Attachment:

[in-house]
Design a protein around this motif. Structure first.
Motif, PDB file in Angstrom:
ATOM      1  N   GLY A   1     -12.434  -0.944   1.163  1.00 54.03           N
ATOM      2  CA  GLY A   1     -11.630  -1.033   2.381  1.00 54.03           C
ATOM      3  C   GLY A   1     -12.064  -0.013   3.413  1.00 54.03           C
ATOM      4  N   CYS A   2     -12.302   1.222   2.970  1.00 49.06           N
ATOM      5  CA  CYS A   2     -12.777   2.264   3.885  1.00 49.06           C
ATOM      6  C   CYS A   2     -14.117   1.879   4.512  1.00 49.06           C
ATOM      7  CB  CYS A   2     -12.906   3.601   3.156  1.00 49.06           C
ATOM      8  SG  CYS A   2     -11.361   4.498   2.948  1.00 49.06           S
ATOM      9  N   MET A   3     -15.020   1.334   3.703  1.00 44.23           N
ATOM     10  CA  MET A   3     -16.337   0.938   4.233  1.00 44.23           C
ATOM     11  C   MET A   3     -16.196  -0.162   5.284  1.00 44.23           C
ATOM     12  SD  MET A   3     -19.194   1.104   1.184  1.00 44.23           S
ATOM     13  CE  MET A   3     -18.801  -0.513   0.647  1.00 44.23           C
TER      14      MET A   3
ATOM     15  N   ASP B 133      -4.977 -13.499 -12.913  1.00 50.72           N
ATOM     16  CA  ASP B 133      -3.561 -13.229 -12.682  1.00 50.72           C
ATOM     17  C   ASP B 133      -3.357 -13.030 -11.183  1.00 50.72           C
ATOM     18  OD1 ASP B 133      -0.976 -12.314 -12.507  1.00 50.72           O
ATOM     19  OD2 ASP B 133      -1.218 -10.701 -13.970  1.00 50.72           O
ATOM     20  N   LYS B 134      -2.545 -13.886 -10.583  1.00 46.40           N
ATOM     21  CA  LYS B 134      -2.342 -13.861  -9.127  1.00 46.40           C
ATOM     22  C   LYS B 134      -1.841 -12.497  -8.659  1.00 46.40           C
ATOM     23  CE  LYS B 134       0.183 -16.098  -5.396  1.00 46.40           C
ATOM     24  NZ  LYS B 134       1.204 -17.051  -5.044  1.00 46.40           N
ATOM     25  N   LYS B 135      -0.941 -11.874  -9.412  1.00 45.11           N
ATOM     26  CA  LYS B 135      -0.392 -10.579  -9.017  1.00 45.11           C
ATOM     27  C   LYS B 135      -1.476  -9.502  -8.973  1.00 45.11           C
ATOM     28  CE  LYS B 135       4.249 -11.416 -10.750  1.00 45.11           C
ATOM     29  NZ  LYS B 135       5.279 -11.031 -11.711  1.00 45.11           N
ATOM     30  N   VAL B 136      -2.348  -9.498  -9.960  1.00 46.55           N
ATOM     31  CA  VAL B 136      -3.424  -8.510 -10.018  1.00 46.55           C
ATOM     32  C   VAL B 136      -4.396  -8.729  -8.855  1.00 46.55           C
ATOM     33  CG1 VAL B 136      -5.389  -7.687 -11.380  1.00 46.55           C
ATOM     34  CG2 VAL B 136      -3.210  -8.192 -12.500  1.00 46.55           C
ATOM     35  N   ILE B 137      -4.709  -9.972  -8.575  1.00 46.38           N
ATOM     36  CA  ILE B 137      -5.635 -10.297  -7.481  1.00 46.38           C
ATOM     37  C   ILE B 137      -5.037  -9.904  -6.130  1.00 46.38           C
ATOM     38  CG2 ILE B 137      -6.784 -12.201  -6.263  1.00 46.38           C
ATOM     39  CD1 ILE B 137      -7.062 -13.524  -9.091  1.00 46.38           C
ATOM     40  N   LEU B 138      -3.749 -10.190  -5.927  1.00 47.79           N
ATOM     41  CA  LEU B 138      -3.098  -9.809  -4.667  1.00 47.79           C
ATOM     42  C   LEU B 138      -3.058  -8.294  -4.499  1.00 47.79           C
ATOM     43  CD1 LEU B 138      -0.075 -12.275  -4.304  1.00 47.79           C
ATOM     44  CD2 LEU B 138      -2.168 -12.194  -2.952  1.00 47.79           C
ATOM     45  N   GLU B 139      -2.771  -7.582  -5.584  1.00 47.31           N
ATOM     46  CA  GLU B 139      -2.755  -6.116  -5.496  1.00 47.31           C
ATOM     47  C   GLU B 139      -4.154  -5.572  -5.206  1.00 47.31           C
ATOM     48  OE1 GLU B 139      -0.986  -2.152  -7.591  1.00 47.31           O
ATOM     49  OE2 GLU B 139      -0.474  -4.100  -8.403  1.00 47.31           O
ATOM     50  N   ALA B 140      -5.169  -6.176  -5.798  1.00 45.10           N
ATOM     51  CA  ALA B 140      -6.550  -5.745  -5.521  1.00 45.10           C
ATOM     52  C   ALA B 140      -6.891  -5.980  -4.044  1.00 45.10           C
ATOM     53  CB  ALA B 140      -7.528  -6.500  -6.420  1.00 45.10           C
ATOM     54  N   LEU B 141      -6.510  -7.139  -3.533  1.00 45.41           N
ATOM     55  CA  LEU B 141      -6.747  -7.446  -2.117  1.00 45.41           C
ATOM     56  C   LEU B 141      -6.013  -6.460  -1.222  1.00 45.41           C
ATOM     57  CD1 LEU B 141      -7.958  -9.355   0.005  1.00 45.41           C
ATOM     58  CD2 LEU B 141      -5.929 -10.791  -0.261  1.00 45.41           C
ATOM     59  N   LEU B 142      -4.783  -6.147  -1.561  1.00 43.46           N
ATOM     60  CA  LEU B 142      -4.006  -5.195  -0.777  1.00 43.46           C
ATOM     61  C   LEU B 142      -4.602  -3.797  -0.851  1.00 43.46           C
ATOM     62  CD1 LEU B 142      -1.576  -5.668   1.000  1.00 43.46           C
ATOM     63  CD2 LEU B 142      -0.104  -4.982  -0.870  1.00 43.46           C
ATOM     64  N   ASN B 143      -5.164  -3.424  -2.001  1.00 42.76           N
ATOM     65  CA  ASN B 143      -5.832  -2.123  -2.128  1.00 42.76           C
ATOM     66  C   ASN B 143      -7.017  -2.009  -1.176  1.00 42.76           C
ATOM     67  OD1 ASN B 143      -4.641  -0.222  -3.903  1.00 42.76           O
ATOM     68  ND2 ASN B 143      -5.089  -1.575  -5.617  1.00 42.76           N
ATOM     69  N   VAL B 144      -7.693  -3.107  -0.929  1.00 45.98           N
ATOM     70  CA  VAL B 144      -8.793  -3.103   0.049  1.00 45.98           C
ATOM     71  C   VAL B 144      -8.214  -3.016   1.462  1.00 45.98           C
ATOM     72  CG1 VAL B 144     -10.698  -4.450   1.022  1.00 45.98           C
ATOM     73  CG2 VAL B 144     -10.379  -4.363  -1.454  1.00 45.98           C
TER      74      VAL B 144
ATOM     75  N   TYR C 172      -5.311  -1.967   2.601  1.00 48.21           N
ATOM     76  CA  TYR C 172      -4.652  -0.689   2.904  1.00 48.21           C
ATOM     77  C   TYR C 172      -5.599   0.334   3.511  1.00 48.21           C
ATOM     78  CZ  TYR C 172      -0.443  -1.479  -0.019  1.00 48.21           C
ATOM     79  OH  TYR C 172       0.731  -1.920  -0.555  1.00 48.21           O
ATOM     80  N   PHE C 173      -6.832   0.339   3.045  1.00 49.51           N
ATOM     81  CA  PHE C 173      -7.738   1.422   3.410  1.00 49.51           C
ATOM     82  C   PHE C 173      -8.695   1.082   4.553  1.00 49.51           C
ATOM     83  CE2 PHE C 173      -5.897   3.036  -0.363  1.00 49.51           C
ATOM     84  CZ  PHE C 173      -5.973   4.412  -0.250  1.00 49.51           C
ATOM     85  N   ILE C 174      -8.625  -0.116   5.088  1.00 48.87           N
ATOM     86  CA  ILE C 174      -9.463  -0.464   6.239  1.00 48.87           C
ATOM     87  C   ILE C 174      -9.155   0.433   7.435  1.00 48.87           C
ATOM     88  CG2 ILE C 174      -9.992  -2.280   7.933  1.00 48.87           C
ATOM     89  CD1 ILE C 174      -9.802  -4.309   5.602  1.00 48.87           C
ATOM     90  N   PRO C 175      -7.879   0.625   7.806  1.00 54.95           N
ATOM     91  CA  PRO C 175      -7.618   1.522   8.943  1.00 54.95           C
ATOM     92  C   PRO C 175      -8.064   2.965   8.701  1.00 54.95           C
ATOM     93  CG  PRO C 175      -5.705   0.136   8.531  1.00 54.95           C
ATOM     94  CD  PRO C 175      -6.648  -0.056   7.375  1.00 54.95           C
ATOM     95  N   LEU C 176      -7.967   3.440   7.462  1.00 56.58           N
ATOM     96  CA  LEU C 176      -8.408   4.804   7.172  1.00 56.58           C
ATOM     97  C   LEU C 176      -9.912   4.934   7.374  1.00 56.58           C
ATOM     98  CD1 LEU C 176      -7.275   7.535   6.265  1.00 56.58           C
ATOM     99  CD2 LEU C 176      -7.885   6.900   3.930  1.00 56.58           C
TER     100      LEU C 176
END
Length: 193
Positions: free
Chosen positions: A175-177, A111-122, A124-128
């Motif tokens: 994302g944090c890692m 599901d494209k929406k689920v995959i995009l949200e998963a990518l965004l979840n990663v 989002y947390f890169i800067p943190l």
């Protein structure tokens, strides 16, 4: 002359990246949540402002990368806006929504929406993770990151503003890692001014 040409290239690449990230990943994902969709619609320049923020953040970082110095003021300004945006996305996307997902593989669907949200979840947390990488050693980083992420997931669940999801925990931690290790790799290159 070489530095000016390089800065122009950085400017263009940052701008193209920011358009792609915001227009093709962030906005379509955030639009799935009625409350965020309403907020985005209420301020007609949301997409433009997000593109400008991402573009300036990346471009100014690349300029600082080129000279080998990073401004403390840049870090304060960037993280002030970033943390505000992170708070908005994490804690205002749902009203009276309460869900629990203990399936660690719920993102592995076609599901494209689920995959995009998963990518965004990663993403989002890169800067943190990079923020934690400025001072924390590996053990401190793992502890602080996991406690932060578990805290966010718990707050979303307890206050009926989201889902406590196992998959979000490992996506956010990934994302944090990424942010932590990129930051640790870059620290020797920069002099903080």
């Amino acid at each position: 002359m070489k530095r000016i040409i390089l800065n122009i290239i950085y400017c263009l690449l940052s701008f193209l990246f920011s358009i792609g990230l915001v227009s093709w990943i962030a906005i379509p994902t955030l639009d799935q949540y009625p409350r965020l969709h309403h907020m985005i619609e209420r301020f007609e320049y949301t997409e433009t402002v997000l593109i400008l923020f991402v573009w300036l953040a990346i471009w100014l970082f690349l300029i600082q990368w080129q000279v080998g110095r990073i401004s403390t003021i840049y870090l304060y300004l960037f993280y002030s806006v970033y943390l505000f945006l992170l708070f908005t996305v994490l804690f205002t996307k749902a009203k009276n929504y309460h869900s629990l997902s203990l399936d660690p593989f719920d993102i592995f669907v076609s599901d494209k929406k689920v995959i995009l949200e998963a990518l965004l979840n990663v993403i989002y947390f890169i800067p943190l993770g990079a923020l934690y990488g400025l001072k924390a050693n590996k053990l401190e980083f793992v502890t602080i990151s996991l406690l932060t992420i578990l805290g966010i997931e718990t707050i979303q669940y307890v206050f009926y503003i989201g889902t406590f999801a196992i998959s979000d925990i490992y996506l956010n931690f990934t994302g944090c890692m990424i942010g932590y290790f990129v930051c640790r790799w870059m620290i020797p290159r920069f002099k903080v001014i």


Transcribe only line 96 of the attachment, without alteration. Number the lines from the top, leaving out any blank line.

ATOM     93  CG  PRO C 175      -5.705   0.136   8.531  1.00 54.95           C